Host and Guest

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Host and Guest
Gigo Gabashvili. Shatili.jpg
AuthorVazha-Pshavela
Original titleსტუმარ-მასპინძელი
LanguageGeorgian
GenreEpic poem
Publication date
1893

Host and Guest is an epic poem by the Georgian poet, writer and philosopher Vazha-Pshavela. The poem was first published in 1893 in Tbilisi, and it is considered to be the "masterpiece of the Georgian literature". It is compulsory reading in Georgian schools. A film based on the poem was made in 1967 by Tengiz Abuladze.

Content[edit]

Though the host, Joqola, is Muslim, and his guest, Zviadauri, is Christian, the poem refers only very vaguely to their differing religious and cultural traditions. It is more about the intertwining of their fates – and the great dignity with which they face their inevitable ends – once they've tripped the wire of their communities' savage, mutual loathing.

Joqola and Zviadauri meet by accident in a damp forest – the ensemble, holding treelike poles and swaying in shadow to a sad mountain melody, remains one of Synetic's most mystical images – where both are hunting for deer. These are men who value action over words, so the clipped exchanges Reed writes for them convey an earthy stoicism. After Joqola invites his new companion to his home, to gut and celebrate their kill, their joy is evoked in a virile, ritualized dance.

In the manner of all kinds of knee-jerk vengefulness, things quickly fall apart for them and Joqola's wife, Aghaza. The village, outraged at Joqola's flouting of the taboo against giving comfort to the enemy, rally around the rabble-rousing elder Musa, who demands that Joqola turn over his guest to them. The dissident Joqola, however, citing the revered local mandate for civility and hospitality – "The guest", he recites, "will be the last to die" – refuses. So the fuse is lighted.

The descent into calamity is orchestrated with a paradoxical beauty. From a sacrifice conducted in the village cemetery to the outfitting of combatants in the rival village, each stylized sequence builds hypnotically on the one before. Drumbeats and ethereal recorded voices further cement the tension.[1]

Text and translations[edit]

This poem is translated into several languages, including: English (by Donald Rayfield, Venera Urushadze, Lela Jgerenaia, Nino Ramishvili, and others), French (by Gaston Bouatchidzé), Russian (by Nikolay Zabolotsky, V. Derzhavin, Osip Mandelshtam, Boris Pasternak, S. Spassky, Marina Tsvetaeva, and others), German, Spanish, Italian, Japanese and other languages.[2]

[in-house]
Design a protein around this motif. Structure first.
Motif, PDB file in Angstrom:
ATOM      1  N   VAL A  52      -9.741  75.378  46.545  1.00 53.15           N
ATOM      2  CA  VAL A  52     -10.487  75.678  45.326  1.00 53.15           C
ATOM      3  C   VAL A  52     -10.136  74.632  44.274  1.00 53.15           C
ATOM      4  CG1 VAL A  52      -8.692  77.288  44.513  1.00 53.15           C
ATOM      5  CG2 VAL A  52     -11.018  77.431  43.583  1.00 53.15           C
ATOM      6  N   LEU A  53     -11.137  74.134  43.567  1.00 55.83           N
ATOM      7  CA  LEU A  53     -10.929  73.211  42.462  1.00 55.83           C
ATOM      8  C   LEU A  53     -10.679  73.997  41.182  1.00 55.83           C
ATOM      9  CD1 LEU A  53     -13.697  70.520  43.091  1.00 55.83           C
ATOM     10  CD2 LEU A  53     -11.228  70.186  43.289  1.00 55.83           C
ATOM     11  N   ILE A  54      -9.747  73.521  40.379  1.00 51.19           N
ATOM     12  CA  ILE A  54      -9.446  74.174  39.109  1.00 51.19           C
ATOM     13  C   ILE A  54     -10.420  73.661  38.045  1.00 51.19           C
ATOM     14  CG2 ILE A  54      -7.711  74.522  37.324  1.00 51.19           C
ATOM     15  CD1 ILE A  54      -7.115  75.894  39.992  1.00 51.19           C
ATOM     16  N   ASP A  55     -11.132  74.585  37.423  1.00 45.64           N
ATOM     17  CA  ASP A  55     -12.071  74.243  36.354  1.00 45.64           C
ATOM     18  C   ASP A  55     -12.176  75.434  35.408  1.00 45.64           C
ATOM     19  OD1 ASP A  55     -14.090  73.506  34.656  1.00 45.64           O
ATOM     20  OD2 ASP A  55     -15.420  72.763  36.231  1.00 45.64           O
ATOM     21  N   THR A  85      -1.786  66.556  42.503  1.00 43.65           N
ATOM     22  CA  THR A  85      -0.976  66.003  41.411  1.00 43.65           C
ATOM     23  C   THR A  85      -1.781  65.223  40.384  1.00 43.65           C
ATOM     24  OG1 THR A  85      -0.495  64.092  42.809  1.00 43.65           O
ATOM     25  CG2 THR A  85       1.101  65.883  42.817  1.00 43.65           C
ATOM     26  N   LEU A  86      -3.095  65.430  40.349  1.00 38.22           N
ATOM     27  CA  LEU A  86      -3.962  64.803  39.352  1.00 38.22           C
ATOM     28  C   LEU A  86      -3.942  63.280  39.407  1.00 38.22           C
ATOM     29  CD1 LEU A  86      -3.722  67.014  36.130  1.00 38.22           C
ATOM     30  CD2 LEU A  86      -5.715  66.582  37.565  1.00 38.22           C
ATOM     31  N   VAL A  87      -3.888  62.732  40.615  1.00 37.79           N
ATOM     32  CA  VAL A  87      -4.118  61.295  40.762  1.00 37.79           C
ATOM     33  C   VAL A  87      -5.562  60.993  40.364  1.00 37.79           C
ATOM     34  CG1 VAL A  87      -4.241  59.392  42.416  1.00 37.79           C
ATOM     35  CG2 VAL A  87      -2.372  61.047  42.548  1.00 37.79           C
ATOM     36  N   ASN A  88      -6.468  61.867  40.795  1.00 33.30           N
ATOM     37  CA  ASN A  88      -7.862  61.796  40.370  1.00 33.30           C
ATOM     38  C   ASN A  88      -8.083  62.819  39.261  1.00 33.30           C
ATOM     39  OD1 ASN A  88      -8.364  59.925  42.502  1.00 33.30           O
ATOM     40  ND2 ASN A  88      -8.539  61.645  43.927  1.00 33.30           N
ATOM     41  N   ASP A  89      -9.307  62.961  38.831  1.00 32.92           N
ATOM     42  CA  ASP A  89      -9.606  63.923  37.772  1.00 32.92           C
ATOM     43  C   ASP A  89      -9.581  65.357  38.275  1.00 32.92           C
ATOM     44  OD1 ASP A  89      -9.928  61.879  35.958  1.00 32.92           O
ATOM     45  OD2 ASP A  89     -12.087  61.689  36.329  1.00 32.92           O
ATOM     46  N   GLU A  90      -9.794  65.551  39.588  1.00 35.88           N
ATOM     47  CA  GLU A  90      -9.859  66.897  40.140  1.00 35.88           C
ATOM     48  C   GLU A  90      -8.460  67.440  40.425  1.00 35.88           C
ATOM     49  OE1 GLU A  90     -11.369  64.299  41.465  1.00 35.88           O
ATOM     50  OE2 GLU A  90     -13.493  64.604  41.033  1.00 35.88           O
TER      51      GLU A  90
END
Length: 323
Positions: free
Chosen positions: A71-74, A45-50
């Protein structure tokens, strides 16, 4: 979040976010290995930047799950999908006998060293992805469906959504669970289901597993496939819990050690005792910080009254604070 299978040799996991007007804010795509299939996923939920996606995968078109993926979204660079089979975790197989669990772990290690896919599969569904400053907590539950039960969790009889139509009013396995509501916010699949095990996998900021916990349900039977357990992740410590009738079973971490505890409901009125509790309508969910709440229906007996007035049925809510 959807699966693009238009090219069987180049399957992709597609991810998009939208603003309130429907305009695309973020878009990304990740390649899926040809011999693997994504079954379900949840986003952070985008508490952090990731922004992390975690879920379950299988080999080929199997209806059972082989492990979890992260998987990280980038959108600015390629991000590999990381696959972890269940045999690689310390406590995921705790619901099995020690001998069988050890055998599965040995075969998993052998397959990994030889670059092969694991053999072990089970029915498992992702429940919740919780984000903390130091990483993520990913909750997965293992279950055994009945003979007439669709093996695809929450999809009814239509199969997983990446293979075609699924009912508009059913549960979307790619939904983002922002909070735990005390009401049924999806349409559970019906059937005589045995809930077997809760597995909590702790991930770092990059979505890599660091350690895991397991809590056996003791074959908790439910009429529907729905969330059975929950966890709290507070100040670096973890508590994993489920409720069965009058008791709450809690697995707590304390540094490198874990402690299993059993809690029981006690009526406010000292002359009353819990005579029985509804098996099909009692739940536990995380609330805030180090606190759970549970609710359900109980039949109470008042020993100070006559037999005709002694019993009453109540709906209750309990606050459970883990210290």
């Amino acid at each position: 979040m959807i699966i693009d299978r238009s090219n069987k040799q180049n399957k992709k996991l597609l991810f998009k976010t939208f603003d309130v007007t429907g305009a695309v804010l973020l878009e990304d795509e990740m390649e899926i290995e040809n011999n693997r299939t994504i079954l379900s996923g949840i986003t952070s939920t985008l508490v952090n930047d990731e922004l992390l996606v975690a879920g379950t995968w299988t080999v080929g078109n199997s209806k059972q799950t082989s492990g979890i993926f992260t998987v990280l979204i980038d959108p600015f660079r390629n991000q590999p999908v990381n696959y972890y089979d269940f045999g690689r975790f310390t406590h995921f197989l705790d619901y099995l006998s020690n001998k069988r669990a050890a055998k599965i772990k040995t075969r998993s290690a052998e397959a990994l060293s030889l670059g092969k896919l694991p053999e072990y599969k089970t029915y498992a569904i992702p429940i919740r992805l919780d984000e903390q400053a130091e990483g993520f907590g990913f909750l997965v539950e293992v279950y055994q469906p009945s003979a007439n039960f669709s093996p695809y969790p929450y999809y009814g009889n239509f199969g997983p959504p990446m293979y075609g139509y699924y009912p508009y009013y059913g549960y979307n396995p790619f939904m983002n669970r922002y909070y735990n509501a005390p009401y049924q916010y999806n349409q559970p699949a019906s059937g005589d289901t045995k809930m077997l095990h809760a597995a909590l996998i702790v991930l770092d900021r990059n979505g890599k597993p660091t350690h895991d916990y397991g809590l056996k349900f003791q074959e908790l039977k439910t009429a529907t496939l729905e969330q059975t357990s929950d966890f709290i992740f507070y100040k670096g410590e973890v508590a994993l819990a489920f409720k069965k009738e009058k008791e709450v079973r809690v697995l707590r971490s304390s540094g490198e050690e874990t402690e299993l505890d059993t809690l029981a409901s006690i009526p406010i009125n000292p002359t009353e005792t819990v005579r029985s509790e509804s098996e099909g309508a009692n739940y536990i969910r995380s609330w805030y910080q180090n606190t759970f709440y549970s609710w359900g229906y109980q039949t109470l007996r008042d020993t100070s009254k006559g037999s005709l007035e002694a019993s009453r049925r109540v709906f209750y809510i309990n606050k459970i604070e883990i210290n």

The poem begins:

ღამის წყვდიადში ჩაფლული,
გამტკნარებულის სახითა,
მოსჩანს ქისტეთის მიდამო
სალის კლდეების ტახტითა.
ბნელს ხევზე მოჰყეფს მდინარე,
გულამღვრეული ჯავრითა.
გადმოხრილიყვნენ მთანიცა,
ხელ-პირს იბანდენ წყალზედა;

Veiled in the gloom of night
The sweet face of Kisteti
Appears, among hills around,
A rocky throne among cliffs.
The river moans in its dark ravine
Turbid, with grief at its heart.
The mountains too are bowed down,
Laving face and hands in the water;

—Translation by Lela Jgerenaia

The poem ends:

ზედ აწევს ჯადოსავითა,
არ დაიმტვრევა კვერითა,
ვერც შეულოცავს მლოცავი,
არც აიხდება ხელითა.
მხოლოდ მდინარის ხმა ისმის,
დაბლა მიქანავს ხველითა
და უფსკრულს დასცქერს პირიმზე
მოღერებულის ყელითა…

It shrouds it like an enchantment,
No weapon can pierce it,
No prayer can charm it away,
Nor any hand remove it.
Only the river's noise is heard,
Raging downwards, roaring,
While beauty stares into its depths
Her neck bent, gracefully…

—Translation by Lela Jgerenaia

Full text[edit]

See this for English translation by Lela Jgerenaia: Vazha-Pshavela (1861–1915) - Host and Guest

Film adaptations[edit]

The first film version of the poem as a feature was produced in 1967. The film version made by Tengiz Abuladze in 1967 was his great cinematic success in Georgia.[3]

See also[edit]

Notes[edit]

  1. ^ http://tagiweb.com/stumar-maspindzeli-gv-3/
  2. ^ "About Literature – Vazha-Pshavela". Jun 19, 2012. Retrieved Oct 18, 2019.
  3. ^ "Vedreba". Retrieved Oct 18, 2019 – via www.imdb.com.

External links[edit]